Anarchists have never been much interested in the kinds of broad strategic or philosophical questions that have historically preoccupied Marxists—questions like: Are the peasants a potentially revolutionary class? (Anarchists consider this something for the peasants to decide.) What is the nature of the commodity form? Rather, they tend to argue with each other about what is the truly democratic way to go about a meeting, at what point organization stops being empowering and starts squelching individual freedom. Or, alternately, about the ethics of opposing power: What is direct action? Is it necessary (or right) to publicly condemn someone who assassinates a head of state? Or can assassination, especially if it prevents something terrible, like a war, be a moral act? When is it okay to break a window? To sum up then:1. Marxism has tended to be a theoretical or analytical discourse about revolutionary strategy. 2. Anarchism has tended to be an ethical discourse about revolutionary practice.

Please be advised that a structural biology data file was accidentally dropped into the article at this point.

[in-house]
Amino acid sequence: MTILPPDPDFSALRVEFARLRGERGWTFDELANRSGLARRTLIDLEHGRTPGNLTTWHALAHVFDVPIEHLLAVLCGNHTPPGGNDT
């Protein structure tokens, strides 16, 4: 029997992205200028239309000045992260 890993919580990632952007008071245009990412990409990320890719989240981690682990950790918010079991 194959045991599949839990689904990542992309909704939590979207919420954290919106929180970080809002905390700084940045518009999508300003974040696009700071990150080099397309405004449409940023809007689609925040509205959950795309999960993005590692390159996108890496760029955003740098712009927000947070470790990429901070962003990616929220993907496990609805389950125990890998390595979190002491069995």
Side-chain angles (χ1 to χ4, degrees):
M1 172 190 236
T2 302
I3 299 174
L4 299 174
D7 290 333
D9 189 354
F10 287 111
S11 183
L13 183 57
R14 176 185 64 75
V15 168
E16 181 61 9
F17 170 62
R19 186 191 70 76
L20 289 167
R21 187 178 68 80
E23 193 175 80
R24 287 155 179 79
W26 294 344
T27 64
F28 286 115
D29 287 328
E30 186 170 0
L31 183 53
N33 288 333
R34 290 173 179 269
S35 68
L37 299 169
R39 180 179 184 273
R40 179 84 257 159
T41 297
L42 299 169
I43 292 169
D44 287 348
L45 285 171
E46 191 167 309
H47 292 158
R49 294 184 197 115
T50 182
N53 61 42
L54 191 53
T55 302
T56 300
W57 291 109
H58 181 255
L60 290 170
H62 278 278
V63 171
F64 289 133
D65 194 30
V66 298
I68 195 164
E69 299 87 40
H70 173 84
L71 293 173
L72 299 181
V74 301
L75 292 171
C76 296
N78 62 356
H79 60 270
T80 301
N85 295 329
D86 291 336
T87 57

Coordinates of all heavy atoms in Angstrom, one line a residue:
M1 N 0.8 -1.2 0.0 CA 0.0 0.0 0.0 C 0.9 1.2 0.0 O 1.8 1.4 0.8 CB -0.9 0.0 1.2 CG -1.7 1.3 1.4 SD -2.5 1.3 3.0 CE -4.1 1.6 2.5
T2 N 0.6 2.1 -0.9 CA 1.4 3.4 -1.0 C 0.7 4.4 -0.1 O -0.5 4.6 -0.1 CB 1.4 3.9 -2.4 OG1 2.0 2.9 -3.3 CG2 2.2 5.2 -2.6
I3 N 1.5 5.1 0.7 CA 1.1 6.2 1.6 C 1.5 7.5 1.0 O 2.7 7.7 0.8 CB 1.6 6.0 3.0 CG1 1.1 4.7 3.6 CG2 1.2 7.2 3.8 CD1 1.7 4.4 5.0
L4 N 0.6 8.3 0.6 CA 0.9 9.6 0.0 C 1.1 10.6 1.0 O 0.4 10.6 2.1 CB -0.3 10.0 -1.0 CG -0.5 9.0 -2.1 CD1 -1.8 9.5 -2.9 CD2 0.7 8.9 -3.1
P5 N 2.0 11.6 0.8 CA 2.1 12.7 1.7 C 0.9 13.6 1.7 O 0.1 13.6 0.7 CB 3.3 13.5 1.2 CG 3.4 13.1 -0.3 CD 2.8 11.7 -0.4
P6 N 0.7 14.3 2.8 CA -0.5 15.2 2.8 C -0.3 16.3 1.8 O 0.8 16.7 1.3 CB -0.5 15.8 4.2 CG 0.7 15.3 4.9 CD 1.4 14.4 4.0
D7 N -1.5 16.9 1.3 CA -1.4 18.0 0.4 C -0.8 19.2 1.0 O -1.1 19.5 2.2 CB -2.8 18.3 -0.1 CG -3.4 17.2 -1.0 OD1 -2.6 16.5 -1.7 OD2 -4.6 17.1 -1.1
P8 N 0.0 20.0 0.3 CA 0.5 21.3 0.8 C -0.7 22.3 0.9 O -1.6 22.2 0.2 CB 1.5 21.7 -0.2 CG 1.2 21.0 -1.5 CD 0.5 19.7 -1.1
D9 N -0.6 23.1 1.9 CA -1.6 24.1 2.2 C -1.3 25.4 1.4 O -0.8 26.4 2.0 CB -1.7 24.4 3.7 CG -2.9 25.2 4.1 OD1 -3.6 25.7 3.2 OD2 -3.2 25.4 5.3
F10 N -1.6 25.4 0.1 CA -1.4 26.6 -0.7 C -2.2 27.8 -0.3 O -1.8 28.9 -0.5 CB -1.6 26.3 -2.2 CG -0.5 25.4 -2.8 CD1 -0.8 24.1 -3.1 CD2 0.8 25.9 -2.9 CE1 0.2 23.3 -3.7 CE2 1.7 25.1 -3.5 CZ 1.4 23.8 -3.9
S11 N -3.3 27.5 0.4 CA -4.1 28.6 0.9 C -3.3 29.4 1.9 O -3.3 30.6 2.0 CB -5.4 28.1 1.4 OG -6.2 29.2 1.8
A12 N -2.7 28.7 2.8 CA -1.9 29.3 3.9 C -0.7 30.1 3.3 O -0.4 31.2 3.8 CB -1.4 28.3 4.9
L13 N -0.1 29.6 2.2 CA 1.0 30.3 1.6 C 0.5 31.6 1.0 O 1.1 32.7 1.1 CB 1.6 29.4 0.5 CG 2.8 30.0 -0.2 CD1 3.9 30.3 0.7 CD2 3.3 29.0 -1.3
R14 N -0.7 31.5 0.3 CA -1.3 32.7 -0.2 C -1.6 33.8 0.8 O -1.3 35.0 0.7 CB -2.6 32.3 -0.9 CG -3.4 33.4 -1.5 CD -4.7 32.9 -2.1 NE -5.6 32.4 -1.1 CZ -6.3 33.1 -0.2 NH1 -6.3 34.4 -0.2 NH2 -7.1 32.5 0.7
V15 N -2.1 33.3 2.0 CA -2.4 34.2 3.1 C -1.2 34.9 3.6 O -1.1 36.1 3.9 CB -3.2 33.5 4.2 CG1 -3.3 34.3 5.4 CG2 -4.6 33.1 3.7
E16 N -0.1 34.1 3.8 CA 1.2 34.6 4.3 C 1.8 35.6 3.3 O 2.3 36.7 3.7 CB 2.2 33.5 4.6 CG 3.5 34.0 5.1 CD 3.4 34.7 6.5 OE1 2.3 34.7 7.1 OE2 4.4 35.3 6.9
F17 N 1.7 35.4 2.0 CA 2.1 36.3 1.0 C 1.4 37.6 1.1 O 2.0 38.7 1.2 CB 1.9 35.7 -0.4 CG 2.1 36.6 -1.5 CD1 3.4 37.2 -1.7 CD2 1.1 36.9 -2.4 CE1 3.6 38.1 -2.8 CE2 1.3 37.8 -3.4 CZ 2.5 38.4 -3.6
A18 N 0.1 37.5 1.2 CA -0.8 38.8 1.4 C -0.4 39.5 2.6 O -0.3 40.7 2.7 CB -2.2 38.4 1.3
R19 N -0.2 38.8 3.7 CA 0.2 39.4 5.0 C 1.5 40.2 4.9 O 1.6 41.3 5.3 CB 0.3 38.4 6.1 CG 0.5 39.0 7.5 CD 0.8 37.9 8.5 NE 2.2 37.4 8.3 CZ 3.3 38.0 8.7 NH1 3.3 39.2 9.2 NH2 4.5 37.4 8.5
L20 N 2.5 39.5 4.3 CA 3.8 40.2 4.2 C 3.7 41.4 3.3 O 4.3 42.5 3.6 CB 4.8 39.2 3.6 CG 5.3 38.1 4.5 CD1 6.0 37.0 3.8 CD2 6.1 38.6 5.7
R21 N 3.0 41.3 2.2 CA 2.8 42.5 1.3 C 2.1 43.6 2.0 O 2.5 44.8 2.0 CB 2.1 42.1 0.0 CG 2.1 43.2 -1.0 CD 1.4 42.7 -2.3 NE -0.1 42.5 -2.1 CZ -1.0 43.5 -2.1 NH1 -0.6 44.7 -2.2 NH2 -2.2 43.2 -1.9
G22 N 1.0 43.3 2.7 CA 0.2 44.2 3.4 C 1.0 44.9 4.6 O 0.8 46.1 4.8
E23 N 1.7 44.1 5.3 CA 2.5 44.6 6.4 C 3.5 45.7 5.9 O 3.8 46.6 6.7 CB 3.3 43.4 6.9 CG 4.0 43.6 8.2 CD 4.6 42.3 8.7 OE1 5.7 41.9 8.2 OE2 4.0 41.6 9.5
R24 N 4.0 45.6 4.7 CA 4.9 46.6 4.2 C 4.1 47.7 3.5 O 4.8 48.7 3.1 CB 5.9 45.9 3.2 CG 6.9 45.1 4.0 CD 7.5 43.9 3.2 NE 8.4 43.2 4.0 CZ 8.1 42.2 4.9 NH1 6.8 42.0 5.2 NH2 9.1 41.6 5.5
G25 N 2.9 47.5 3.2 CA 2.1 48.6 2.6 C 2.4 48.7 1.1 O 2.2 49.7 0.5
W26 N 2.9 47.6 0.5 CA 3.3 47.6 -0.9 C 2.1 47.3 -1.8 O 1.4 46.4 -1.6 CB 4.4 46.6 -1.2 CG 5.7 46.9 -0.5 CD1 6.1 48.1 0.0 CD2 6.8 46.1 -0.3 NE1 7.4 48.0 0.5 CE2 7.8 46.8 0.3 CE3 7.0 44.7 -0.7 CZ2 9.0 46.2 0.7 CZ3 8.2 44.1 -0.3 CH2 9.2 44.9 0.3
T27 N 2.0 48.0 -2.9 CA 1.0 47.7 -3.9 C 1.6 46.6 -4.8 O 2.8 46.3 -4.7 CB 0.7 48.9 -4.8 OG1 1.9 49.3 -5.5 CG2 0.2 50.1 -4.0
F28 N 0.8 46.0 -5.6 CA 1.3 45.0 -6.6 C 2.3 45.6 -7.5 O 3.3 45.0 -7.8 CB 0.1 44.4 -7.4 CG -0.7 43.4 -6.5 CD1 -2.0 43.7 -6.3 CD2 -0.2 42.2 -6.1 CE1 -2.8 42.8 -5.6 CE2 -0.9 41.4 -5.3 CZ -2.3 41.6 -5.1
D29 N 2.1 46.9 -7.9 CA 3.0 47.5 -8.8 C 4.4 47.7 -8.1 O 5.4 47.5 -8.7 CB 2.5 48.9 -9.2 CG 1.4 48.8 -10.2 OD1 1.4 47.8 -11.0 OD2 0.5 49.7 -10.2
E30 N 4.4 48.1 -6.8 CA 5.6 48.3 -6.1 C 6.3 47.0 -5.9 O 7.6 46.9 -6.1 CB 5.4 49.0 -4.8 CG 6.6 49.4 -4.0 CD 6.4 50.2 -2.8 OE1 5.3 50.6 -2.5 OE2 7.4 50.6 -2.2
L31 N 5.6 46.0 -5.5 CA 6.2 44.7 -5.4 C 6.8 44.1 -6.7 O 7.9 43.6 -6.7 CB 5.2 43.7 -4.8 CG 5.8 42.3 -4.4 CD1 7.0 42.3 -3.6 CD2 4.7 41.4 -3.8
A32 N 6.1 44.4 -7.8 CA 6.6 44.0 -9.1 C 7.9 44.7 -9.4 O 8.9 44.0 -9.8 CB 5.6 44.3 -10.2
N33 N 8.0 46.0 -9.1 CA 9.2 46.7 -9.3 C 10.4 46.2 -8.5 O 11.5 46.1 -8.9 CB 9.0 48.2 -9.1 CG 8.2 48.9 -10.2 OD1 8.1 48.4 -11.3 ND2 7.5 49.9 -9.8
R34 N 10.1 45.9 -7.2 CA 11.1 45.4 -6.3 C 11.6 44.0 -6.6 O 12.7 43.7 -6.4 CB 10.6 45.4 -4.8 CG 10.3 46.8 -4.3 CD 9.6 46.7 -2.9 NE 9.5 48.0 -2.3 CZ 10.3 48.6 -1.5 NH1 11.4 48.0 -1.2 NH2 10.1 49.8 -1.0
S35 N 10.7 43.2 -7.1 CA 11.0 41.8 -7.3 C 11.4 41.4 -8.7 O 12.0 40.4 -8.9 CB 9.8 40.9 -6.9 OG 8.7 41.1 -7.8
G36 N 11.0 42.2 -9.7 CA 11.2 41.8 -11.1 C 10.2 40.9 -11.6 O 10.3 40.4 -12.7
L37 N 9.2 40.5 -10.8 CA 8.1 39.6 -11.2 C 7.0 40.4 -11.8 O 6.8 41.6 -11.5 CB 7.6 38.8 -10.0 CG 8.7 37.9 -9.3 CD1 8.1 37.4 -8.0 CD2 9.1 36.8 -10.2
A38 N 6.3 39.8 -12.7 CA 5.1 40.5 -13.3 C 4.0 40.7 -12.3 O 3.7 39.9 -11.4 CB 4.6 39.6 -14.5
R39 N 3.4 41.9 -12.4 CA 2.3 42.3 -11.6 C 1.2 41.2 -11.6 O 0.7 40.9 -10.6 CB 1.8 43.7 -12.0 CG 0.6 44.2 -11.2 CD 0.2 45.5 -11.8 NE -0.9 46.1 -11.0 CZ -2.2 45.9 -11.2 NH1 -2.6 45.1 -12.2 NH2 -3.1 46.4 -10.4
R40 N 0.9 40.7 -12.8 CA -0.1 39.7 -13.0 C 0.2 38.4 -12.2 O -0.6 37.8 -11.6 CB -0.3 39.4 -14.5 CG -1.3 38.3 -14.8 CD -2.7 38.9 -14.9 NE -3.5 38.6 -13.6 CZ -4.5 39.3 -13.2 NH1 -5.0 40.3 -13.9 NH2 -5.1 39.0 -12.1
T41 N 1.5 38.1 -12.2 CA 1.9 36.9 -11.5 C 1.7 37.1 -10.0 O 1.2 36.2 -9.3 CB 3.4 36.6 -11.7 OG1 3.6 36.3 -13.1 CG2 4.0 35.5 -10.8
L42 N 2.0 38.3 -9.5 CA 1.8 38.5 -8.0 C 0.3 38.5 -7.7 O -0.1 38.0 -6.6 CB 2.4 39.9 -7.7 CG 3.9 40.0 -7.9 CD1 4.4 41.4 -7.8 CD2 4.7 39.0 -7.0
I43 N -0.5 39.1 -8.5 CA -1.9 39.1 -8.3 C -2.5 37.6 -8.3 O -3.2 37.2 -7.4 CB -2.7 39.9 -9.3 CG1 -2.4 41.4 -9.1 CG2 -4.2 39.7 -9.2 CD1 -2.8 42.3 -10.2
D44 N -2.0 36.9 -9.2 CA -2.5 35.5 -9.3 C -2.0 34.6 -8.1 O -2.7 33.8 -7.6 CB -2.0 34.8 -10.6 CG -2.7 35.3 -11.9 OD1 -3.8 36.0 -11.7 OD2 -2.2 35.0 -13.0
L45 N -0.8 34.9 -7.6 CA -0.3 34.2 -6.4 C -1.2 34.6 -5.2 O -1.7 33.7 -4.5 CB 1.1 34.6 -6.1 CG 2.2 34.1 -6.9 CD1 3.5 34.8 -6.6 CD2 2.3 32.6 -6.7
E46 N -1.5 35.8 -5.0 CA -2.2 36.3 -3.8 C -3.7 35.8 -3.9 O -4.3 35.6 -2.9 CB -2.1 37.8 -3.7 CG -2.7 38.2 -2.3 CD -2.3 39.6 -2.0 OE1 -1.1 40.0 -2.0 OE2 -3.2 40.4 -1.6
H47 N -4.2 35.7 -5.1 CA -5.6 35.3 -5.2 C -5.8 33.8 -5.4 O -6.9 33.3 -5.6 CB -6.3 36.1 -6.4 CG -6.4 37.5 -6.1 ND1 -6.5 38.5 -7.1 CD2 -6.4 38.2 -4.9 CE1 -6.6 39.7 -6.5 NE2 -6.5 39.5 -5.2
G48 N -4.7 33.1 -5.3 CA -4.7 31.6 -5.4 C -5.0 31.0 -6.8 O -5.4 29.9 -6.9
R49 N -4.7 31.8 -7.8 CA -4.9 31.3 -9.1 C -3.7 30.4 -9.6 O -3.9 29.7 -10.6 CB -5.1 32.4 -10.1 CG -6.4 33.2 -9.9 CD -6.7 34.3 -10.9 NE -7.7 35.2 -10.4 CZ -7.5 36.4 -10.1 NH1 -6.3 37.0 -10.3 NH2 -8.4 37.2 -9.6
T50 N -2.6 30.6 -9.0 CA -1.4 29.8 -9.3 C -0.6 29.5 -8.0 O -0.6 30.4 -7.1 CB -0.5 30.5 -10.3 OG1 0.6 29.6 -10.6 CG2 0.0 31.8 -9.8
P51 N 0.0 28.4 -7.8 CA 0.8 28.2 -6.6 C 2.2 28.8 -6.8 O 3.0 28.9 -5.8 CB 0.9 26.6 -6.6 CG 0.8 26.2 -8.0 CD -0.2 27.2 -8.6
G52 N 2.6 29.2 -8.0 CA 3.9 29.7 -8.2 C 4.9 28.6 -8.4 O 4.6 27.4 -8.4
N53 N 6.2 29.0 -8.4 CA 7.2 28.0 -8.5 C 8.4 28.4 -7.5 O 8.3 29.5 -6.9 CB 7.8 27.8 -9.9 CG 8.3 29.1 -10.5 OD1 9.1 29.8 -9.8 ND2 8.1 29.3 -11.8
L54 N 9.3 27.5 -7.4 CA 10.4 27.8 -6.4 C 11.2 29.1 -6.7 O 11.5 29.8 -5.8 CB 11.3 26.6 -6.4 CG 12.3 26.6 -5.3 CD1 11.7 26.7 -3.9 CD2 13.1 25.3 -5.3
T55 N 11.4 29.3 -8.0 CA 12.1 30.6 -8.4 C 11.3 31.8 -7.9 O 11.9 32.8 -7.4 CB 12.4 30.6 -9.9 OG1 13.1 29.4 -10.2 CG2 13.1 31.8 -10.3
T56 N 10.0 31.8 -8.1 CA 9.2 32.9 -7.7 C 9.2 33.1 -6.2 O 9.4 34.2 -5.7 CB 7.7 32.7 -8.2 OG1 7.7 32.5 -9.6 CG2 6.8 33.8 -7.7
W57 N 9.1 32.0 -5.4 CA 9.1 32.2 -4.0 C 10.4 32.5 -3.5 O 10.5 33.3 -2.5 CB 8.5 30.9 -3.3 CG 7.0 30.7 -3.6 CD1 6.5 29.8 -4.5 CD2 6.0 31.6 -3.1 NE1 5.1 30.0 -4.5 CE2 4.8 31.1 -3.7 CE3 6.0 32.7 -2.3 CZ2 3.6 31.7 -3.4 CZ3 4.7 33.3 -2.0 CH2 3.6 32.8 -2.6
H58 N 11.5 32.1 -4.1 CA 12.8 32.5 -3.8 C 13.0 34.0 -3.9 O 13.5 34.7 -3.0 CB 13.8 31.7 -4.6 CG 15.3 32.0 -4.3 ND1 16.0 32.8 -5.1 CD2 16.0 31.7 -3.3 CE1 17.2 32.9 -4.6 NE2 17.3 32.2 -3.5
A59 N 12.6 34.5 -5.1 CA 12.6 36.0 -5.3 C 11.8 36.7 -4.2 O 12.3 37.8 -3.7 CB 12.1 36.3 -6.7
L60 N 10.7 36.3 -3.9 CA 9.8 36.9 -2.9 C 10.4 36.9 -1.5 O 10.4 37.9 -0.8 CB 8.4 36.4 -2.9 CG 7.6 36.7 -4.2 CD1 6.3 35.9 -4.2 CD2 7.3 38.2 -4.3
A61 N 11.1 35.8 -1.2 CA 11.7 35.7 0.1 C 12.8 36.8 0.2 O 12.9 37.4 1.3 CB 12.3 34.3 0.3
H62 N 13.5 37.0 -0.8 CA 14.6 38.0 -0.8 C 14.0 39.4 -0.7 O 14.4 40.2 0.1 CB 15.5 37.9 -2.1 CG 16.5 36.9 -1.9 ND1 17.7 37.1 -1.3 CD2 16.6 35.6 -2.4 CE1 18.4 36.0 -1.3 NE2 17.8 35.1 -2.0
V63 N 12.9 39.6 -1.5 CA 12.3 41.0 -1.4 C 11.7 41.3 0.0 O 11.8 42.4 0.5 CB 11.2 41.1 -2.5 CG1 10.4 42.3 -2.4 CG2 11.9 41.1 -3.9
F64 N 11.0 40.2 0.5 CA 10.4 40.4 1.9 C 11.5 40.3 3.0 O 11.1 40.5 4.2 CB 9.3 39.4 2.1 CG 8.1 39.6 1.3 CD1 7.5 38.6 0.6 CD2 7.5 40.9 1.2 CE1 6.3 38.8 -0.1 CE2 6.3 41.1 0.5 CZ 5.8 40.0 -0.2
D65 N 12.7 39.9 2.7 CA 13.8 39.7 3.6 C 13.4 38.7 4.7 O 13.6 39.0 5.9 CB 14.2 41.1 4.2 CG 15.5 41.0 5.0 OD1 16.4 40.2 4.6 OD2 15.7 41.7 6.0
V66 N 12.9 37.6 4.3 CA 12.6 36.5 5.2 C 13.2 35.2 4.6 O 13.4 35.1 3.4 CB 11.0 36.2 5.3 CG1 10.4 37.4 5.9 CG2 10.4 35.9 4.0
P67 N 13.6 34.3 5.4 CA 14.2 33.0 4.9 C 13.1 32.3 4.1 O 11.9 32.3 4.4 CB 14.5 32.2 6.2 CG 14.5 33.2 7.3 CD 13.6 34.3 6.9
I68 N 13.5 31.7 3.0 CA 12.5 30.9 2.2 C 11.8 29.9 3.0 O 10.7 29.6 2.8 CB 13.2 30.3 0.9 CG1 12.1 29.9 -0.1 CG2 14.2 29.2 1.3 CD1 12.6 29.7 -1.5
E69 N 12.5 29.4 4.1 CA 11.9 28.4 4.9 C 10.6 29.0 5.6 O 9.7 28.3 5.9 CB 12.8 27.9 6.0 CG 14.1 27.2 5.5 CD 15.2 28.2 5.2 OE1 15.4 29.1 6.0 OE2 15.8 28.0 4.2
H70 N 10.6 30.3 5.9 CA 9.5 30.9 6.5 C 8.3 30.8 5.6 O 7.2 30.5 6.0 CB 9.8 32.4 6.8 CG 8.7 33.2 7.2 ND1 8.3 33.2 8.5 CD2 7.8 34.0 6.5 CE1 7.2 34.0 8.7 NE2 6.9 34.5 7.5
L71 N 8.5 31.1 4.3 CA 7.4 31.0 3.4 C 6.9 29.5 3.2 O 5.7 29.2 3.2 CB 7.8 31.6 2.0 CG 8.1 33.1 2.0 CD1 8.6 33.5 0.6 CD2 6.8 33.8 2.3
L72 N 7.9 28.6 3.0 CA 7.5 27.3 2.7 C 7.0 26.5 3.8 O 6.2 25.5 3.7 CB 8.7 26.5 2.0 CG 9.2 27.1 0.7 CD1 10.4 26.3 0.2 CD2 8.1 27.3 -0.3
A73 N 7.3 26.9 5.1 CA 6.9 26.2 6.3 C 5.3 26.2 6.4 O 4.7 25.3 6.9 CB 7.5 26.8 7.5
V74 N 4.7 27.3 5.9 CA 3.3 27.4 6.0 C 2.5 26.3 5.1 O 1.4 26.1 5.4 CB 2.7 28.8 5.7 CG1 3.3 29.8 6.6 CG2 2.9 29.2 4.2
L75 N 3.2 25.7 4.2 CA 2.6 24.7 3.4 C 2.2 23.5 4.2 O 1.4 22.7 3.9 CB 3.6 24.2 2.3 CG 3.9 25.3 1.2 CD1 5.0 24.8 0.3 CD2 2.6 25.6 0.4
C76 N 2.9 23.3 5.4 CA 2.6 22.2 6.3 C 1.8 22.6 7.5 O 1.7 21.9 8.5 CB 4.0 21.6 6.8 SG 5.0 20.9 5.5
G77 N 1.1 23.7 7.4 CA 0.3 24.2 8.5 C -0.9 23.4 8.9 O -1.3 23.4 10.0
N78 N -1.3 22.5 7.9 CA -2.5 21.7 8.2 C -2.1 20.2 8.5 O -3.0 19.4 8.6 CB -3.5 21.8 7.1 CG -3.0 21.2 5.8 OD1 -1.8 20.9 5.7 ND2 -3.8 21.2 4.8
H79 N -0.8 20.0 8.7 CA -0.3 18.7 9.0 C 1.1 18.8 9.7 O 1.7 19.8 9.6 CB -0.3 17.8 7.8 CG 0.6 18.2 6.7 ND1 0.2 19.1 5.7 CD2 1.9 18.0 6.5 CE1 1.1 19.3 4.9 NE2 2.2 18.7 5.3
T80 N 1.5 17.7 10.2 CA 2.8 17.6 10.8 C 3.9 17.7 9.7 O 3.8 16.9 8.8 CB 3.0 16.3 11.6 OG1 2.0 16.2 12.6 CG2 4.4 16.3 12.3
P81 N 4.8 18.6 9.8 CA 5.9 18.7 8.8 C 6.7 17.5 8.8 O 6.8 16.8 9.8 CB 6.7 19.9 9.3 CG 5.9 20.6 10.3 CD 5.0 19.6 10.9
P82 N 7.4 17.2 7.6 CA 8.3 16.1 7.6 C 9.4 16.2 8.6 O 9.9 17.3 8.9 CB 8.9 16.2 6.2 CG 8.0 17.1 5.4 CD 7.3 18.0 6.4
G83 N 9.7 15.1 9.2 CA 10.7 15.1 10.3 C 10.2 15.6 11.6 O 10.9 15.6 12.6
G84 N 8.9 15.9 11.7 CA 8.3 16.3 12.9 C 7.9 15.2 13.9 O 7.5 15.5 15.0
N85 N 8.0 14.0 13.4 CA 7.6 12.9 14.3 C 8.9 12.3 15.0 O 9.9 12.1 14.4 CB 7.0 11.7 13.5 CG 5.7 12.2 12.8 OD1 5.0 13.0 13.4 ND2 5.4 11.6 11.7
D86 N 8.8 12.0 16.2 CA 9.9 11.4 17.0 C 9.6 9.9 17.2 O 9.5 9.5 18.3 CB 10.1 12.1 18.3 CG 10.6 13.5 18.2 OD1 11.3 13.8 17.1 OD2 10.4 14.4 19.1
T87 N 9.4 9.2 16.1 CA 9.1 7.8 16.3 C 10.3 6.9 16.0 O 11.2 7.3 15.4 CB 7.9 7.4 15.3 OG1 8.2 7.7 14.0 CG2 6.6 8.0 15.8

Now, it is not necessarily a point in their favor that anarchists “tend to argue with each other about what is the truly democratic way to go about a meeting,” though I certainly agree they do this. But Graeber is right that this is a much more interesting and useful question than “what is the nature of the commodity form?” Here, you can see the way that anarchism’s concern with individual freedom leads it to focus too narrowly on questions about the ethics of a single individual’s unorganized actions (breaking windows) rather than “How do we build a large-scale functioning political organization?” Yet by putting “small things” back into the discussion—what should a meeting look like, what should I do—these anarchist “preoccupations” do serve as a useful corrective to political philosophies that treat individual ethics as essentially irrelevant to politics.